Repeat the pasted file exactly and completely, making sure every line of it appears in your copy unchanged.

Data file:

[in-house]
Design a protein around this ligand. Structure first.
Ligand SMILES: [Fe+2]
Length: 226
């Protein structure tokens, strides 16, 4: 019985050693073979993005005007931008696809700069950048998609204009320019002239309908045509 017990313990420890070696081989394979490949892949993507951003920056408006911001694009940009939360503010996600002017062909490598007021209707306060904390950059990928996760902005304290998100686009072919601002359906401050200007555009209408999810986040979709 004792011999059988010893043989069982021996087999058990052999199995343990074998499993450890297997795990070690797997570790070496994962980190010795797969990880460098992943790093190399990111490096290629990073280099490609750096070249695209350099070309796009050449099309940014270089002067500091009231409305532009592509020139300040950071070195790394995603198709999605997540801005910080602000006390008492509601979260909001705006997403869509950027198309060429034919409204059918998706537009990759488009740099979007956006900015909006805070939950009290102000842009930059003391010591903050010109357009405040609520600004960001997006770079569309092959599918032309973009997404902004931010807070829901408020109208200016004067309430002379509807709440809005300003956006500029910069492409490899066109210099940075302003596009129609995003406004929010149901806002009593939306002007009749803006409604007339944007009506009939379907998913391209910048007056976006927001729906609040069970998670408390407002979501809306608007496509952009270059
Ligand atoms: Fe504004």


[in-house]
Design a protein around this ligand. Structure first.
Ligand SMILES: [Fe+2]
Length: 226
């Protein structure tokens, strides 16, 4: 019985050693073979993005005007931008696809700069950048998609204009320019002239309908045509 017990313990420890070696081989394979490949892949993507951003920056408006911001694009940009939360503010996600002017062909490598007021209707306060904390950059990928996760902005304290998100686009072919601002359906401050200007555009209408999810986040979709 004792011999059988010893043989069982021996087999058990052999199995343990074998499993450890297997795990070690797997570790070496994962980190010795797969990880460098992943790093190399990111490096290629990073280099490609750096070249695209350099070309796009050449099309940014270089002067500091009231409305532009592509020139300040950071070195790394995603198709999605997540801005910080602000006390008492509601979260909001705006997403869509950027198309060429034919409204059918998706537009990759488009740099979007956006900015909006805070939950009290102000842009930059003391010591903050010109357009405040609520600004960001997006770079569309092959599918032309973009997404902004931010807070829901408020109208200016004067309430002379509807709440809005300003956006500029910069492409490899066109210099940075302003596009129609995003406004929010149901806002009593939306002007009749803006409604007339944007009506009939379907998913391209910048007056976006927001729906609040069970998670408390407002979501809306608007496509952009270059
Ligand atoms: Fe504004």